A few weeks back, I found myself in downtown Cincinnati, keeping my eyes peeled for a glimpse of the Bell Connector, the Queen City’s new streetcar line. When it opened in September, ridership was strong, especially on weekends. Boosters of the project, who had to overcome fierce resistance from conservative state lawmakers (and the city’s new mayor) to get the rails in the street, were sounding pretty pleased. As I wrote in October, new streetcar lines in Cincinnati and Kansas City opened with healthy ridership numbers, warming the hearts of trolley fans in places like Detroit and Oklahoma City, where similar next-generation streetcar projects are in motion.
So on the blustery Saturday after Thanksgiving, fortified with a rum-spiked cup of glühwein from the delightful German Holiday Market in Fountain Square, I planted myself at a sleek and glassy streetcar stop on Walnut Street and waited. And waited.
Where was the damn streetcar? After more waiting, wandering, and wine, I finally found a car, sitting motionless a block or so up. There was a healthy crowd of Cincinnatians milling about the festive square, loading up on goetta sandwiches and checking out the volumetric massing of Zaha Hadid’s Contemporary Arts Center nearby, but the Bell Connector seemed uninterested in getting in on the action.
A recent report in the Cincinnati Enquirer confirms that all is not precisely well in streetcar-land: After a strong September and October, the numbers dropped off a cliff. “The Cincinnati Bell Connector's ridership is plummeting, with barely half the projected ridership last month,” the paper said. That holiday weekend Saturday turned out to be the second-best day of the month. On average, daily November ridership was 1,664, far below the expected 3,200.
In Kansas City, ridership dipped with the arrival of colder weather too, but the drop is considerably less worrisome: That city’s new streetcar line is chugging along with more than 6,000 riders per day in November, and a feasibility study on the merits of building an extension has just been announced.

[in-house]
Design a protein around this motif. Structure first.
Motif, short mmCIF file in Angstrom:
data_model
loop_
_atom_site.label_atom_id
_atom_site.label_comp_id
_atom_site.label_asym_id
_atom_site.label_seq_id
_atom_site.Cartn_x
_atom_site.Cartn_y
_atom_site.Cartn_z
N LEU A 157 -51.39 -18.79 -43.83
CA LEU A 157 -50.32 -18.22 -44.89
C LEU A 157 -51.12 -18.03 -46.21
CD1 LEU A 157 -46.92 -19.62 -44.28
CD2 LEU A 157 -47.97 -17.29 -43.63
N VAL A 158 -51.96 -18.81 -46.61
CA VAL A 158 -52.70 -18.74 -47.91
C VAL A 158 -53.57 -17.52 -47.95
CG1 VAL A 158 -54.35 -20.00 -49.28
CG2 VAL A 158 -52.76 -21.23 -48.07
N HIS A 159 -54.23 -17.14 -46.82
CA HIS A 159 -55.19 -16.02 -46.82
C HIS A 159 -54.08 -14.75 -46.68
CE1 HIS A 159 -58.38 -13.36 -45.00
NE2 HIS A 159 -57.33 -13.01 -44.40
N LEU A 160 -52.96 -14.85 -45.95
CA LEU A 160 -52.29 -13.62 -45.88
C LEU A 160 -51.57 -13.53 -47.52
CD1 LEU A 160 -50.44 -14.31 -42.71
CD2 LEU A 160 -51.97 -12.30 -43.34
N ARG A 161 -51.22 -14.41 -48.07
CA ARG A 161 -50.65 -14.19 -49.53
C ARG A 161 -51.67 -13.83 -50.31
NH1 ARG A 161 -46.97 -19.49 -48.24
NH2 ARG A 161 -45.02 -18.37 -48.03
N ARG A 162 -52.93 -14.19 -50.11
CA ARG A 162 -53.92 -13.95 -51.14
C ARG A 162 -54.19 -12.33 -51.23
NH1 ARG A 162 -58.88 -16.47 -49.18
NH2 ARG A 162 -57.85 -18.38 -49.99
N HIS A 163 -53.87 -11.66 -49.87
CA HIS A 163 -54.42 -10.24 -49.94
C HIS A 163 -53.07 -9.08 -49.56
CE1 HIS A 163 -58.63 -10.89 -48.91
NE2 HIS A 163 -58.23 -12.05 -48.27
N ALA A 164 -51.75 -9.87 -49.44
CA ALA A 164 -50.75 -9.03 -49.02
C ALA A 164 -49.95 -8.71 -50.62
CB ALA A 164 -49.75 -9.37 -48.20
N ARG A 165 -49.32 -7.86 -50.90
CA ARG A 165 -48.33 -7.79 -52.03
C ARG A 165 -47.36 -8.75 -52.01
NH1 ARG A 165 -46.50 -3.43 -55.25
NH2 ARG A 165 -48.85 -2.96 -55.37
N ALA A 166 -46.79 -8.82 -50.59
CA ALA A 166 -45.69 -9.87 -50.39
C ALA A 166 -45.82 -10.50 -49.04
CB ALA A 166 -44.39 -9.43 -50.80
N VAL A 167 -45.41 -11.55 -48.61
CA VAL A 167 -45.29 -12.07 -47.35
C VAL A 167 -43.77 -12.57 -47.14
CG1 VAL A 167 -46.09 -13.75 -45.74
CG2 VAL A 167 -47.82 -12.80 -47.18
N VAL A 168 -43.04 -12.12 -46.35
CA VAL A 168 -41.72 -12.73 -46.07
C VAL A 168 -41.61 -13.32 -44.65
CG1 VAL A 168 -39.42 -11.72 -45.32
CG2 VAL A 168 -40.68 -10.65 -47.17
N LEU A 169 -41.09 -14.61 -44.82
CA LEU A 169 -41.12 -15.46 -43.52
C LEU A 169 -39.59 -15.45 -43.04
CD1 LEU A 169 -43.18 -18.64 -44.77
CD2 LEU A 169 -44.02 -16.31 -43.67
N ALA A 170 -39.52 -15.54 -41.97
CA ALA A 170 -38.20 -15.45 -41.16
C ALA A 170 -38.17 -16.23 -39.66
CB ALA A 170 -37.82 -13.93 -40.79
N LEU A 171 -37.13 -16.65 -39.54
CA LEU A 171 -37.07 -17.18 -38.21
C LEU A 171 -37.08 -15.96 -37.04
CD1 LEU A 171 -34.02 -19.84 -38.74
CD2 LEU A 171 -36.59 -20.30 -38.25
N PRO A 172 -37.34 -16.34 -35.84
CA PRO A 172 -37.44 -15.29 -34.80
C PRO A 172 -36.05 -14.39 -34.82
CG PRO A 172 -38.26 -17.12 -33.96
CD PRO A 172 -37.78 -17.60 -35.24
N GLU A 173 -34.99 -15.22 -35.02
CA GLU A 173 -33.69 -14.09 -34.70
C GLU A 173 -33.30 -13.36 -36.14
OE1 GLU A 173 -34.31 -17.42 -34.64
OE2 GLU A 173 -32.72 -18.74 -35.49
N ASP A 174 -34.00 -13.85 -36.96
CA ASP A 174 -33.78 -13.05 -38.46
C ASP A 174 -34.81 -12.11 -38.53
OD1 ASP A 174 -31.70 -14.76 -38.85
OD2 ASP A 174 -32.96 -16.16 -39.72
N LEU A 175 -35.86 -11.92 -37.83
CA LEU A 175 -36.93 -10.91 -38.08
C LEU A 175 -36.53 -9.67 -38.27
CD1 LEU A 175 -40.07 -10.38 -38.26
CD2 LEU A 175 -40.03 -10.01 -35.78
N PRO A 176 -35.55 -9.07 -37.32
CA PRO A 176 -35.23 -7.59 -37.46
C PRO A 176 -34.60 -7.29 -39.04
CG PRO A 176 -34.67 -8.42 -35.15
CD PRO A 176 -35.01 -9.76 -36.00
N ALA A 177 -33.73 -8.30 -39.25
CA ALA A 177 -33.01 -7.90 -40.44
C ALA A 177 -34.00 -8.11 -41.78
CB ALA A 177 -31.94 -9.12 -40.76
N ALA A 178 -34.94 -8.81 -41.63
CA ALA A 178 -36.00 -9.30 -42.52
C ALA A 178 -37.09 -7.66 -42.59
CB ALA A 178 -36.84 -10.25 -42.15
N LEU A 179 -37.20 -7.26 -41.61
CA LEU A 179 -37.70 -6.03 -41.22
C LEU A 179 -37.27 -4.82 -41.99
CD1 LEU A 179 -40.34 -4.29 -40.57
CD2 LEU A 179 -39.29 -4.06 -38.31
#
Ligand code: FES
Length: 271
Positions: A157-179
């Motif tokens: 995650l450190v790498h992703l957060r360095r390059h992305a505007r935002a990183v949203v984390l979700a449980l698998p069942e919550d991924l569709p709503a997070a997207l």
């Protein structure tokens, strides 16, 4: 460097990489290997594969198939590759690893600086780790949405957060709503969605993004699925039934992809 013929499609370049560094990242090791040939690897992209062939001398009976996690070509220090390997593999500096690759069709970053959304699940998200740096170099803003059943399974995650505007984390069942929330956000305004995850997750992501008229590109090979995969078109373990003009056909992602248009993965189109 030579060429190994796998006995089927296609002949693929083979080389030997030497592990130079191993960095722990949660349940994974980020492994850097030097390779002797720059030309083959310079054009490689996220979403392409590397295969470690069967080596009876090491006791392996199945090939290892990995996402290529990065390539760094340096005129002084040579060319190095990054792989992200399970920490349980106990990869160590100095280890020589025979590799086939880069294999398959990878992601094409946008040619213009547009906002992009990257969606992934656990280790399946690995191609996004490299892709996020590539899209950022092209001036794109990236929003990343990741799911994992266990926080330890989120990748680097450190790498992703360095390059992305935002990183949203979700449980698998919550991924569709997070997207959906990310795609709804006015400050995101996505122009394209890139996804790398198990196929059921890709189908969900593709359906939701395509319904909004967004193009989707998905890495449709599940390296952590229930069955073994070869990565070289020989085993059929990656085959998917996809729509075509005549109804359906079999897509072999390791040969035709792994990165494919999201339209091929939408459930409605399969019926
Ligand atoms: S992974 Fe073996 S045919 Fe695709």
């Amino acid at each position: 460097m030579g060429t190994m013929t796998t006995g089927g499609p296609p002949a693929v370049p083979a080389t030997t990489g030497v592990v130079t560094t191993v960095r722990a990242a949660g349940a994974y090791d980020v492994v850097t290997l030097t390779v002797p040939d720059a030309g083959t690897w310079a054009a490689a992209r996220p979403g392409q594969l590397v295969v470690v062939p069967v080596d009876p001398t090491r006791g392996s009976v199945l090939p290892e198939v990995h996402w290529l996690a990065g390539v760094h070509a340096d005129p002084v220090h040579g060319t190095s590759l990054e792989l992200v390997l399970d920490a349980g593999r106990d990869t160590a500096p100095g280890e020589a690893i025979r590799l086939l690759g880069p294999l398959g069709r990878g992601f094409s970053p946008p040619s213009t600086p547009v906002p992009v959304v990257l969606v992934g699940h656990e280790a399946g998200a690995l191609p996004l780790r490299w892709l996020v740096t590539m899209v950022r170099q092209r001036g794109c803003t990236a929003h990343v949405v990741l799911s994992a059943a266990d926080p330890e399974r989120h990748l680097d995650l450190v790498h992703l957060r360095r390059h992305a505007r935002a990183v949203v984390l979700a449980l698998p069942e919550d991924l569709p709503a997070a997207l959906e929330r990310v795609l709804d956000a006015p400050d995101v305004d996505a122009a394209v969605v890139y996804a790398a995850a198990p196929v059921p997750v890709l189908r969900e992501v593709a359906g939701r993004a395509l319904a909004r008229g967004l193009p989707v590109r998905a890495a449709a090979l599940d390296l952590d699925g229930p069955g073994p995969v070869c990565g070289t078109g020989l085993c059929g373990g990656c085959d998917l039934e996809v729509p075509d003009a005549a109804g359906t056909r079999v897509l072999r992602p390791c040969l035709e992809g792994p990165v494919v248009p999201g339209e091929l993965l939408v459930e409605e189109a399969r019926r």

What’s gone off the rails in Cinci? The Enquirer fingers faulty ticket machines as one factor. But there’s a bigger, more complex problem: The electric streetcar, that late-19th-century conveyance, has re-imposed itself on some late-20th century traffic planning. Cincinnati’s downtown traffic flows are now maximized to swiftly shunt cars on streets running east and west, getting commuters to and from the pair of interstates girding the city. But the Bell Connector runs north to south, which means it can be frequently mired in traffic. The Enquirer writes:
Streetcar timing is off and that means nobody knows when it will arrive at a station. On weekends, that's no problem. On weekdays, when people need to get to appointments, work or even lunch, timing has been a deal-breaker.
I checked in with Derek Bauman, a Cincinnati streetcar project supporter, to see what he made of the ridership slump. “There’s no question the rollout was not what it should have been,” he told me. “There were a number of things that were avoidable, and a few that weren’t.” (Among the latter: A pair of Saturday night bomb threats that briefly halted service.) The balky ticket machines are working better now, he says, but real-time arrival information is still problematic, as are the traffic-light chokepoints: “Even at 8 at night, the streetcar is getting hung up at every light.”
Recalibrating the light timing should help, as would giving the streetcars dedicated lanes, but streetcar advocates agree that there’s a need for a new traffic study, which would cost $300,000. The planning blog Urban Cincy observes that the last study was done in the mid-1990s, when the downtown area had more workers and fewer residents.
An op-ed in the Enquirer outlined another, far more expensive remedy: Build more streetcar! The original project included an uptown line to connect with the University of Cincinnati. That got eliminated during the long and bruising political battle over the idea, but backers still hope to pursue a future extension. Unless they can iron out a few more kinks—and convince a few more people to get on board—that may be a hard, uphill slog.
Bauman, for his part, is confident that warmer weather will herald an uptick in the streetcar’s fortunes. “The system’s not going anywhere,” he says. “We’re going to push for these fixes and suffer through the cold dark days of winter. Come spring, when the Reds start playing, I think it’ll be busy.”
UPDATE: This post has been updated with additional information.